Today’s reading: 2 Samuel 1-3.
The beginning of 2 Samuel is full of political intrigue as David consolidates power following King Saul’s death. What is the spiritual lesson in all of this bloodshed and maneuvering? A clue comes from a messenger who appears in David’s camp soon after Saul’s death. He claims to have been present when Saul died, even boasting that he carried out Saul’s death wish (we know this isn’t true from the report given in 1 Samuel).
“I happened to be on Mount Gilboa,” the young man said, “and there was Saul, leaning on his spear, with the chariots and riders almost upon him. When he turned around and saw me, he called out to me, and I said, ‘What can I do?’ He asked me, ‘Who are you?’ ‘An Amalekite,’ I answered. Then he said to me, ‘Stand over me and kill me! I am in the throes of death, but I’m still alive.’ So I stood over him and killed him, because I knew that after he had fallen he could not survive.” 2 Samuel 1:6-10
This Amalekite (isn’t it interesting how they keep showing up?) may have expected some reward, but instead he was executed. I suspect David wasn’t entirely convinced of the Amalekite’s truthfulness, but he condemned him for claiming to have killed the LORD’s anointed king. Our clue to the lesson in the political intrigue begins here: dishonesty or treachery brings terrible consequences.
After David is anointed as King in Judah, Saul’s commander, Abner, opposes David with the support of the other tribes. Abner makes Saul’s son, Ish-bosheth, a puppet king, and for several years there is fighting and bloodshed between the two groups. David’s cousin, Joab, leads his troops, and Joab’s brother is one of the casualties of the war, killed in battle by Abner.
David’s side grows stronger and Abner has a falling out with Ish-bosheth. Perhaps Abner saw the inevitable defeat of his forces and looked for an excuse, but for whatever reason he makes peace with David and pledges to bring all Israel under David’s command. Joab sees Abner, his chief rival, maneuvering for power in David’s kingdom. He also wants revenge on Abner for killing his brother.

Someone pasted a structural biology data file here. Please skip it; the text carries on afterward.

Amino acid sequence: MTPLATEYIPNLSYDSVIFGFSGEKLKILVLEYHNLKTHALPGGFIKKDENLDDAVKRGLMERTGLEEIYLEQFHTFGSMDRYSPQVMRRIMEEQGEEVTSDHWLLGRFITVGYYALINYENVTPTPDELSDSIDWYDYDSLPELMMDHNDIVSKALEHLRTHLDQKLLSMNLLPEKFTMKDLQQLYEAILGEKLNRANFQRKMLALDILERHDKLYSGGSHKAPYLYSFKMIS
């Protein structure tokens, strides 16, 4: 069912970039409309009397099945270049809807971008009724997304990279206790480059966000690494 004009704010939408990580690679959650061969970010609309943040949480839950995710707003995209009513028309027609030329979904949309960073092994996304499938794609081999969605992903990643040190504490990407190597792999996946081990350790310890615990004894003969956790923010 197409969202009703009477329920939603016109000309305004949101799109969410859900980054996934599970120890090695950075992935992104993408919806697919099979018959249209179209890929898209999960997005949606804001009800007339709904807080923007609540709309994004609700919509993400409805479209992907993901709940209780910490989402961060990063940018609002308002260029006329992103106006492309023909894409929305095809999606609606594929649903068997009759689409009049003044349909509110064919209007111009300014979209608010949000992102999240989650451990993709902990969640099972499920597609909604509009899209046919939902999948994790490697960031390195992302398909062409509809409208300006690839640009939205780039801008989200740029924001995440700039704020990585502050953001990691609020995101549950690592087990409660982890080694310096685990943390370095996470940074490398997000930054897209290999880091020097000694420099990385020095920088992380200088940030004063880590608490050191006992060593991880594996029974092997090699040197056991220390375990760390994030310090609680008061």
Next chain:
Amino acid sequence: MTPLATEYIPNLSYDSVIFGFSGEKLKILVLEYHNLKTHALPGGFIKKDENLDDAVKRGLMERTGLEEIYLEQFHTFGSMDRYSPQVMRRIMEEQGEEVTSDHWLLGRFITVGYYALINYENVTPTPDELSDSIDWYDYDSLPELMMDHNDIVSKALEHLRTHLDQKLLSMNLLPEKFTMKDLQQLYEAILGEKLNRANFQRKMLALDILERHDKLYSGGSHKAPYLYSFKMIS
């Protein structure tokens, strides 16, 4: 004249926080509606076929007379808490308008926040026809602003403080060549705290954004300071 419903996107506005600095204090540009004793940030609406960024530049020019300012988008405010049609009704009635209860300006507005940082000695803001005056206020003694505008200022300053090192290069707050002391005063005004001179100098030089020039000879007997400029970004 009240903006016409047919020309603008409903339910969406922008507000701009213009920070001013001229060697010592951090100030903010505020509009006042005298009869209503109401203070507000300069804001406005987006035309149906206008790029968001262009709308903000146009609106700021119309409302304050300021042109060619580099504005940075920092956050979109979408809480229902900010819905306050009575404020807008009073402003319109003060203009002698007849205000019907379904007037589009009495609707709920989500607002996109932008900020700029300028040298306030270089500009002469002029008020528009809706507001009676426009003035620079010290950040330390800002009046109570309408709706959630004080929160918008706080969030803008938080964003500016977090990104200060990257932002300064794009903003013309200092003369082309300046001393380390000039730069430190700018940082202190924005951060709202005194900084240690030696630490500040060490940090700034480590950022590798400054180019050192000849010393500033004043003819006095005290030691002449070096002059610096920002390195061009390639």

Joab then left David and sent messengers after Abner, and they brought him back from the well of Sirah. But David did not know it. Now when Abner returned to Hebron, Joab took him aside into the gateway, as though to speak with him privately. And there, to avenge the blood of his brother Asahel, Joab stabbed him in the stomach, and he died. Later, when David heard about this, he said, “I and my kingdom are forever innocent before the LORD concerning the blood of Abner son of Ner. May his blood fall upon the head of Joab and upon all his father’s house! 2 Samuel 3:26-29
Look at the players in this conflict and what happened to them:
- Abner was wrong to oppose David. He knew David was God’s chosen man, but he supported Ish-bosheth anyway. Abner died at the hands of Joab.
- Joab dishonestly and treacherously murdered Abner even though David and Abner had made peace. David cursed Joab, and though there may have been no immediate judgment, in the end Joab died when he opposed Solomon following David’s death.
- David dealt honestly with Abner and condemned Joab’s treachery. David’s kingdom grew.
God doesn’t gloss over the realities of our troubled lives. The exercise of political power often involves dishonesty and conflict, the consequences of treachery are brutal, and we are meant to learn to hate it just as God hates it.
Image by Cobalt123 on Flickr, CC by-nc-sa 2.0